Your point is the reason this movie got a 7/10. As much as I reasoned with myself saying "Aravind is a guy whose mental state is prone to shifting constantly", I couldn't buy into his and Renu's relationship.
The film has to juggle his relationship with Swecha and his bubbling relationship with Renu and doesn't have enough in terms of time or story (in the second half) to carry it through. As you said, Renu's point of view is very understandable as in, she's looking for a newer better partner. Aravind cannot keep himself focused on one aspect of anything because of who he is. But their dynamic is one of one of them being the saviour and other one being saved.
There is a great way to do that but this is only passable. Once they get together, it smoothes out well.
With the film being a hyper-realised take on reality, I tend to give it a pass. Because when I've seen people get attention from the opposite sex for the very first time, they tend to lose all sense of control because it is a wholly different psycho-sexual experience. I like that the film used a narrative hook to show what most of us experience in our lives.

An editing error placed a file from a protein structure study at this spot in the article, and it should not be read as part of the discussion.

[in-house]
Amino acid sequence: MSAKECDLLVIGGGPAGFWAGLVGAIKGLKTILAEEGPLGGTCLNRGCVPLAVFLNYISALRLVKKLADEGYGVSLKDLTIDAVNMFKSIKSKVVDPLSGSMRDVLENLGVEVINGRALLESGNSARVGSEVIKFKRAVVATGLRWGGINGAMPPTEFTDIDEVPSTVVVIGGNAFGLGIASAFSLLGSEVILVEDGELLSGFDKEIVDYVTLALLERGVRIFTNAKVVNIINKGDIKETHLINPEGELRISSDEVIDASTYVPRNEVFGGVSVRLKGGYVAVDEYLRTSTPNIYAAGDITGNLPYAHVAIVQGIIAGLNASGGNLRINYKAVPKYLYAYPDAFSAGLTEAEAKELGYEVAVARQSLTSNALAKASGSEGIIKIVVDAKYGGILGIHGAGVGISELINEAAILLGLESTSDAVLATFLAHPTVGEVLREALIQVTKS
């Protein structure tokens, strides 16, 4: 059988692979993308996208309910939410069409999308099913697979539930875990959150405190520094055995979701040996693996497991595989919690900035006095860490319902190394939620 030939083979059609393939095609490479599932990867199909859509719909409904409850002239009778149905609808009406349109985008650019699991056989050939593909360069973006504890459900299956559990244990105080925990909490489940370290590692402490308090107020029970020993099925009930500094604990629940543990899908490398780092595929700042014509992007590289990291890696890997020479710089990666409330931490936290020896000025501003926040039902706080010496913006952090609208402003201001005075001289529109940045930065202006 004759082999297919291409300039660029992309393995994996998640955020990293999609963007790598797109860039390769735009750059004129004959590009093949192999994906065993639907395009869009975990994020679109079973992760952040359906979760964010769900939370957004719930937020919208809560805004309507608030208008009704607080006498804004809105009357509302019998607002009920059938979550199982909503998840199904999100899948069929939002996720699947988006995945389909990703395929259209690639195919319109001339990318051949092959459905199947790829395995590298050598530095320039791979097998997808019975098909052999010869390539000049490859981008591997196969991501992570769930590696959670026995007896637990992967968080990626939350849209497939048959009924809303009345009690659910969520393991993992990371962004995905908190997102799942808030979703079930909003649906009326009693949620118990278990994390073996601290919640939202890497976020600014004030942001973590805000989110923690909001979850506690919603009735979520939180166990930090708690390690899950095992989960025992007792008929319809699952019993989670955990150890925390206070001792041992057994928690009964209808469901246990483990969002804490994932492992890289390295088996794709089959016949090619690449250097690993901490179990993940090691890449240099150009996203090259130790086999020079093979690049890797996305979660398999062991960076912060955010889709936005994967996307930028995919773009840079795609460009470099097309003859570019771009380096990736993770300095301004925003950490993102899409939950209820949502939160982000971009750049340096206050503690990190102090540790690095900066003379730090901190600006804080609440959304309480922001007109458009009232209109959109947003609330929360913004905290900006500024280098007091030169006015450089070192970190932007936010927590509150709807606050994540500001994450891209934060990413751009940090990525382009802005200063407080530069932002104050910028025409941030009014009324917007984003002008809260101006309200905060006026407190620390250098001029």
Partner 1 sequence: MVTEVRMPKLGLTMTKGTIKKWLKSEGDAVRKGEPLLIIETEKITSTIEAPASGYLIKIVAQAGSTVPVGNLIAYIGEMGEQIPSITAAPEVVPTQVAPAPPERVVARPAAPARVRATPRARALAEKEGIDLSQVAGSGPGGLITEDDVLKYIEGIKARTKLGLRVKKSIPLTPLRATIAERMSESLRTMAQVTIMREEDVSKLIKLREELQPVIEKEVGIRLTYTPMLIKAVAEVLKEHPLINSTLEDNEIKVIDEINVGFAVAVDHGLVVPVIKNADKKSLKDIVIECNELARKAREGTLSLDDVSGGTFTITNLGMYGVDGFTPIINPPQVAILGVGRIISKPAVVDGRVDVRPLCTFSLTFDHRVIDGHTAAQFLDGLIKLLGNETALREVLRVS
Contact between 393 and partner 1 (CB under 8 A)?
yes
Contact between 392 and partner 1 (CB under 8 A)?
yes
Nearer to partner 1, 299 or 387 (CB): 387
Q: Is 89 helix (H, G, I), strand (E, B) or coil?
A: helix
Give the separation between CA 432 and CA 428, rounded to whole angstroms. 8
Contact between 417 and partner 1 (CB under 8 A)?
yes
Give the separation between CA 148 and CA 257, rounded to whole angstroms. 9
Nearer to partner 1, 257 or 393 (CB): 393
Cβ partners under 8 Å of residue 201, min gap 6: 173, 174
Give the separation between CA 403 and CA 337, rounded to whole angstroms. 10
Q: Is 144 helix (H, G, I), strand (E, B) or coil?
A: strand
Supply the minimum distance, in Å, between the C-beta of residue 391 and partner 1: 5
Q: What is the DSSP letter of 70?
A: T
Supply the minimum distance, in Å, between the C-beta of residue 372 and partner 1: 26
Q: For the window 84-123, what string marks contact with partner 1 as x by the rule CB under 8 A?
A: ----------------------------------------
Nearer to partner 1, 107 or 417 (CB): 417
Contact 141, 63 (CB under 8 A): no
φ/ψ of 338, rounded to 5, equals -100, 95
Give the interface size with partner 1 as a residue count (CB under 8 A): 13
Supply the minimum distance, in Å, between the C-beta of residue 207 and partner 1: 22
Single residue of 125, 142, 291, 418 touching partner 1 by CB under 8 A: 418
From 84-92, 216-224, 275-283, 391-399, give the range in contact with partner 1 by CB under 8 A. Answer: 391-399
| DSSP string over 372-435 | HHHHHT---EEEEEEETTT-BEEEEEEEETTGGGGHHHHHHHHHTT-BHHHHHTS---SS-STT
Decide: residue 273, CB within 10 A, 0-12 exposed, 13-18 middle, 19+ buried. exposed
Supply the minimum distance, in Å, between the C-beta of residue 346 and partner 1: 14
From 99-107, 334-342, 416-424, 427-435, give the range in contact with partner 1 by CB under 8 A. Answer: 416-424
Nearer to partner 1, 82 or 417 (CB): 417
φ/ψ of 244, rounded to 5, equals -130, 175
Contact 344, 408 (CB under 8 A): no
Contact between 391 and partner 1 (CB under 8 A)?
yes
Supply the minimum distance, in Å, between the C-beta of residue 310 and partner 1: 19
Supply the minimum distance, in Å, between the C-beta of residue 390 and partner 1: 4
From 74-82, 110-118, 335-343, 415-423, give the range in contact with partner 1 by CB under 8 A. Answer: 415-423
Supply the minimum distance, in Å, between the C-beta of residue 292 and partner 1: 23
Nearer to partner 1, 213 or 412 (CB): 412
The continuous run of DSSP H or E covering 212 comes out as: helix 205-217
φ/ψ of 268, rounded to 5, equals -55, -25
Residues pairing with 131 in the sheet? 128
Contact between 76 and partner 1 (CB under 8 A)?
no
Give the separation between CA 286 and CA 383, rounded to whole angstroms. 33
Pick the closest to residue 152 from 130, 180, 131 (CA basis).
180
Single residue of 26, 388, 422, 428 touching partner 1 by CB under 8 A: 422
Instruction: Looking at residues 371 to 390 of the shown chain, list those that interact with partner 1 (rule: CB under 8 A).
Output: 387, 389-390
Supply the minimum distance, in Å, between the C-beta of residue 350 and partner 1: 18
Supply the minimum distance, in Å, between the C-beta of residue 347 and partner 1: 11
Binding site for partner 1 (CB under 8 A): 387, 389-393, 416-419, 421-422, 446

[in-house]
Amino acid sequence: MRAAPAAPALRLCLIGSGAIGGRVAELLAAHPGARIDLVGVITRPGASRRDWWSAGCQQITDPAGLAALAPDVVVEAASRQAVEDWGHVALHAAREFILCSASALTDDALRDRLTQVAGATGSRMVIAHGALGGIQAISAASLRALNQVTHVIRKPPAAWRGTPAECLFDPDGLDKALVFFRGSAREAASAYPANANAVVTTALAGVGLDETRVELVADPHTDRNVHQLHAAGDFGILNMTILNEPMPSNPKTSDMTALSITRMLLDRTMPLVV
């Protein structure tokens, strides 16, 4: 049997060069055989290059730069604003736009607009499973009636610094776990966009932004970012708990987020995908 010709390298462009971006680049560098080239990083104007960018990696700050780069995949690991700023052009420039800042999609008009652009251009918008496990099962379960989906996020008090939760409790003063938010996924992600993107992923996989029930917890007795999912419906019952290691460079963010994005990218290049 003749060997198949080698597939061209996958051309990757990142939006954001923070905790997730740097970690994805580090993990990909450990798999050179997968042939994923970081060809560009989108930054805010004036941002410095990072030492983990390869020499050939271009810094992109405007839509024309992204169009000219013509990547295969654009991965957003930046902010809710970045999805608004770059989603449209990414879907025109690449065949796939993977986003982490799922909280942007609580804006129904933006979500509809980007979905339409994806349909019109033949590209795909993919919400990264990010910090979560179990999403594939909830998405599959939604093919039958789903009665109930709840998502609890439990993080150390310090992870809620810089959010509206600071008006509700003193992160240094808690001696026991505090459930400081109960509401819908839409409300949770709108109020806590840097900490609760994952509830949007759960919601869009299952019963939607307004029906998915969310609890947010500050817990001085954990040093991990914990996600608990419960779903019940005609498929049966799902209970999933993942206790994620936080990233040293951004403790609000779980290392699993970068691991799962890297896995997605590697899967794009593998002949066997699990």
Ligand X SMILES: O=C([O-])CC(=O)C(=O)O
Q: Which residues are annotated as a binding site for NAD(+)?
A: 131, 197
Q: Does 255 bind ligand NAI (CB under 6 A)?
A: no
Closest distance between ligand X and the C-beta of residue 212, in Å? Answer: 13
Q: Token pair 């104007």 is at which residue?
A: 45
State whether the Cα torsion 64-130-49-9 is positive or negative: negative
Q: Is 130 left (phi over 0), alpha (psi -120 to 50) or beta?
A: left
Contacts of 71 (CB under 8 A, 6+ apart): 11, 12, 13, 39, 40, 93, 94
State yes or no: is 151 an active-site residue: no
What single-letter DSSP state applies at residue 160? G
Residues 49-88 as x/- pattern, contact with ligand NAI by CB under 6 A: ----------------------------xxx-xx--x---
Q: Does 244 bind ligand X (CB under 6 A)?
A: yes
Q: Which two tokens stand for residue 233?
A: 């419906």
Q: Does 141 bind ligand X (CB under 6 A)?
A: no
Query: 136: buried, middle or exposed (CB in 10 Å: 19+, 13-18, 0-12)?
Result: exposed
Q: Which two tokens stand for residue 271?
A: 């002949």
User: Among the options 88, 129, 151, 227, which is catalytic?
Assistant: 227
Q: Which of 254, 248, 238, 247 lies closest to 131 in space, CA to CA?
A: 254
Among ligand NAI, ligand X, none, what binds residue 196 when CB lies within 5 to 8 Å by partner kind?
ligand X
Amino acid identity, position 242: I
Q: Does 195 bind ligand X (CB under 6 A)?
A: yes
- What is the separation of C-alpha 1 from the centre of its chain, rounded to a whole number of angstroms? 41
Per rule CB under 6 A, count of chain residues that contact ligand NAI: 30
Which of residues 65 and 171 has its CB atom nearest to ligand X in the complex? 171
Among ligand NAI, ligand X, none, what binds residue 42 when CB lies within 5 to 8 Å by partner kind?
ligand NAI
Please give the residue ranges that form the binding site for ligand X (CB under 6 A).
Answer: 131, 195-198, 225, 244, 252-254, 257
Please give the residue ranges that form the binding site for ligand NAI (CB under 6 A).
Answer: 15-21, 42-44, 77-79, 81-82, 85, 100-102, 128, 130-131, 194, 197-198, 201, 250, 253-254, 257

Sad to say it wasn't perfect. But the fact that it made you think about character dynamics, their choices, their mindsets and what you would have done in their shoes is what makes watching this film a worthwhile experience.
As you know, it is more than you can say for most films that come out on a weekly basis.
You know what we love? Love. No matter how many of the stiff-upper-lipped critics say the genre has outlived its welcome, we still watch romances, and they still make money. Simply put, man is a social animal, and social animals need companionship, or at least stories about companionship. Watching a good story about said companionship play before our very eyes reminds us of the warm and fuzzy sensation it induces. Because we want somebody to love and we need somebody to love us. And as soon as the end credits roll, we are hell-bent on finding that somebody to love.